Nadira busied herself with her box. “And why would he bother to appreciate something made of sacks? His Highness thought it hilarious and all but patted me on the head for doing a good job.”
Lyra understood the undertone of fury when she saw the over gown lifted from the box. It was stunning. The sackcloth was pieced together in rough, jagged patches, then overlaid with a fine gauze in the same sandy shade, scattered across the gauze, as if blown by the wind, were embroidered phoenix feathers.
Her jaw dropped. “It’s glorious.”
She moved forward to gently lift and turn a section, so the embroidered feathers swayed and shimmered in the sunlight. “It’s like The Battlements, the jagged stones with a haze of sand blowing across, then the creatures.”
Lyra put the corner she’d lifted down again and stepped back, bowing deeply. “Craftmaster Nadira, this is a true masterpiece and unless the prince has forbidden it, I will wear it and boast of your skill to everyone I meet.”
Nadira’s pinched fury turned to pleasure. “You see The Battlements in it? They were my inspiration, but Prince Altair could not find his way past the cloth.”
She laid out the other parts of the outfit. “I couldn’t decide on the neckline for your under dress, so you have two, and the belt has two layers, this sash to pull the fabric in, then the beaten gold over the top.”
The shoes were sturdy ankle boots, hidden beneath the sand-coloured linen of the under dress. As Nadira helped Lyra shrug into the over gown she said. “I had to make the gauze layer separately. It’s attached at the edges, with a stitch or two on each feather so it doesn’t pull. If that part were to be removed, the dress would look quite nondescript, even tatty.”
Once dressed, Lyra looked at her reflection, then wrapped her plait around her head like a coronet, and wished she had earrings a little more ornate than the simple gold rings she wore every day. Nadira appeared behind her, holding up a pair of earrings to match the phoenix feather embroidery.
As she swapped them, the dressmaker said. “I’m not normally one to carry tales, but there are rumours out of the palace that two of Prince Altair’s favourites haven’t been seen in some time, and that he’s ordered the re-fitting of one of their rooms.”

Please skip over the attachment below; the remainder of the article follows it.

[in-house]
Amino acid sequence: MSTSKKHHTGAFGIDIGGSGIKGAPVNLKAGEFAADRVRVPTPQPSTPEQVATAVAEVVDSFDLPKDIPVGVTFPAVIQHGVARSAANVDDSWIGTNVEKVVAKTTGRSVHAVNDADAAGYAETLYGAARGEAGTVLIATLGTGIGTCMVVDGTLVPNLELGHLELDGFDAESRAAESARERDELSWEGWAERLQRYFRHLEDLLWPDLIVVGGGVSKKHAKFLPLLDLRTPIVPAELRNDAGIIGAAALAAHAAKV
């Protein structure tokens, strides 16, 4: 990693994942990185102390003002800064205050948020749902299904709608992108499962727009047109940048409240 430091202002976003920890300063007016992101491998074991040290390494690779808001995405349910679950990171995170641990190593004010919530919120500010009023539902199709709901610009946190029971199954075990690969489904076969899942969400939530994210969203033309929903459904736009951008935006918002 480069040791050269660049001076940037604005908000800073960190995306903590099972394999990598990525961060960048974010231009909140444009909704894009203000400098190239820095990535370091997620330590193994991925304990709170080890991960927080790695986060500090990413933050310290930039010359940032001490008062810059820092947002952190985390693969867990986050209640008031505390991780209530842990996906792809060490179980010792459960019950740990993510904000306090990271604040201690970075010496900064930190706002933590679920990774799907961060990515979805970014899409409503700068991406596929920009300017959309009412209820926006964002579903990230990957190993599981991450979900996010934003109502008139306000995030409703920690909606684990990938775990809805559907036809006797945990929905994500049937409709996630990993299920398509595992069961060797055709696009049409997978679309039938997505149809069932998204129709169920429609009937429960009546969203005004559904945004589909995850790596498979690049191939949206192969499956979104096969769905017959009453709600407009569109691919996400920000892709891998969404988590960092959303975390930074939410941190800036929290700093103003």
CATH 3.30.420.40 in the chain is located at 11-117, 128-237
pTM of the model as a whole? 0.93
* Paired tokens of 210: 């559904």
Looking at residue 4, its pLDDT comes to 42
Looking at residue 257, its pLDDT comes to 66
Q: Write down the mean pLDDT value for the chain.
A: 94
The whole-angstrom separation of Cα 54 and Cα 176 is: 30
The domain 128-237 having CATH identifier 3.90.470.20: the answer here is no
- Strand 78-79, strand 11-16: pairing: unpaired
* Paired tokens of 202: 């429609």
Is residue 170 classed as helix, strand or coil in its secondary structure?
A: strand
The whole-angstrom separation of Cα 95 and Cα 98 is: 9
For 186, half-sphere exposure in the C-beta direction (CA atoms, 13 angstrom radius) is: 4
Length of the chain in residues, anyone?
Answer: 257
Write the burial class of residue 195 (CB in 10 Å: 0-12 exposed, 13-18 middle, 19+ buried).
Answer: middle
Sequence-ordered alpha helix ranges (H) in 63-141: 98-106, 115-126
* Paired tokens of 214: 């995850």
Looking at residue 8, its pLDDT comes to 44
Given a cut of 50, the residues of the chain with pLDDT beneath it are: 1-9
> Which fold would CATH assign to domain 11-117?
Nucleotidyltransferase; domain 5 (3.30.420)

Lyra put her hand to the wall and focused on breathing. She had a week before the last dress was delivered, she still had time to find a way out, but she needed to think. “Thank you for telling me.”
Nadira bowed her head, then straightened. “You’d best go and show your brother.”
Grimacing, Lyra left the room and followed the sound of Khalik’s voice to the courtyard, Nadira followed.
Sunlight shimmered over the rich golds and reds of the embroidered feathers as Lyra crossed the open space to where her brother sat.
He looked at her, head on one side, then said to Nadira. “You should be making clothes for men.”
Lyra said. “That means he likes it, in fact, I think it might be the highest compliment he could pay you.”
The dressmaker bowed her head a fraction. “Thank you, Merchant Khalik. While I prefer creating for women, I will keep your suggestion in mind.”
Khalik looked pleased and said. “I’ll host a dinner this evening, so people can admire it.”
Lyra decided not to spoil his amiable mood. “I’m meant to be attending a gathering at Merchant Kore’s house. If you can ask your guests to be a little early, I’ll be able to show them the dress and then leave so you can talk.”
He blew out his cheeks in thought, then nodded. “A good idea, yes, very good. Well done for thinking of it. No point you sitting there and trying to join in while we’re discussing important matters above your head.”
Her brother, master of subtlety, tact, and consideration. Lyra gave him a meaningless smile and returned to her room, Nadira quietly chuckling behind her.